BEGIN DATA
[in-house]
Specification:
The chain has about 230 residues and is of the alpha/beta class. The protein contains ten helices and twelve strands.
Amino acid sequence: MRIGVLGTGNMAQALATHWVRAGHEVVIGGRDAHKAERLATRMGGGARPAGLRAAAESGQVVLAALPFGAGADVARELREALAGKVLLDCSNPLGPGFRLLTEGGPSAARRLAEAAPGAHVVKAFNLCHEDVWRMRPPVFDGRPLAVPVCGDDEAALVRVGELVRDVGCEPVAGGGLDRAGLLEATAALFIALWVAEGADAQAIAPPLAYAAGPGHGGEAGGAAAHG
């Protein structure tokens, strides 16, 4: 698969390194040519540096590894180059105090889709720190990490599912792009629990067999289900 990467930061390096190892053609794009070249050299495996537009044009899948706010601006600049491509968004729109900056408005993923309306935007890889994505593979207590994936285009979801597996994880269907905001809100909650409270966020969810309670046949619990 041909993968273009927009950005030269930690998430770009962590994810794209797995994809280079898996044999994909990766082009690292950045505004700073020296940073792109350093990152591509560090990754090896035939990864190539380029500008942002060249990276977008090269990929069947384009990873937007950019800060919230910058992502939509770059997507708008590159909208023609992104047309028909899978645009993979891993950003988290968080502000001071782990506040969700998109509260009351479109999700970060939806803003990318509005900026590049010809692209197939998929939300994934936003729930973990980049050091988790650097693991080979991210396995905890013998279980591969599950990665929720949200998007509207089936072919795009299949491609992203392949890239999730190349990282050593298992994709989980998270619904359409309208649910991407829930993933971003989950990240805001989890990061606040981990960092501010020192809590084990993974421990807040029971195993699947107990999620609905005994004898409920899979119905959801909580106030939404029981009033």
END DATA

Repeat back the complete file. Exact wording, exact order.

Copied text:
[in-house]
Specification:
The chain has about 230 residues and is of the alpha/beta class. The protein contains ten helices and twelve strands.
Amino acid sequence: MRIGVLGTGNMAQALATHWVRAGHEVVIGGRDAHKAERLATRMGGGARPAGLRAAAESGQVVLAALPFGAGADVARELREALAGKVLLDCSNPLGPGFRLLTEGGPSAARRLAEAAPGAHVVKAFNLCHEDVWRMRPPVFDGRPLAVPVCGDDEAALVRVGELVRDVGCEPVAGGGLDRAGLLEATAALFIALWVAEGADAQAIAPPLAYAAGPGHGGEAGGAAAHG
């Protein structure tokens, strides 16, 4: 698969390194040519540096590894180059105090889709720190990490599912792009629990067999289900 990467930061390096190892053609794009070249050299495996537009044009899948706010601006600049491509968004729109900056408005993923309306935007890889994505593979207590994936285009979801597996994880269907905001809100909650409270966020969810309670046949619990 041909993968273009927009950005030269930690998430770009962590994810794209797995994809280079898996044999994909990766082009690292950045505004700073020296940073792109350093990152591509560090990754090896035939990864190539380029500008942002060249990276977008090269990929069947384009990873937007950019800060919230910058992502939509770059997507708008590159909208023609992104047309028909899978645009993979891993950003988290968080502000001071782990506040969700998109509260009351479109999700970060939806803003990318509005900026590049010809692209197939998929939300994934936003729930973990980049050091988790650097693991080979991210396995905890013998279980591969599950990665929720949200998007509207089936072919795009299949491609992203392949890239999730190349990282050593298992994709989980998270619904359409309208649910991407829930993933971003989950990240805001989890990061606040981990960092501010020192809590084990993974421990807040029971195993699947107990999620609905005994004898409920899979119905959801909580106030939404029981009033």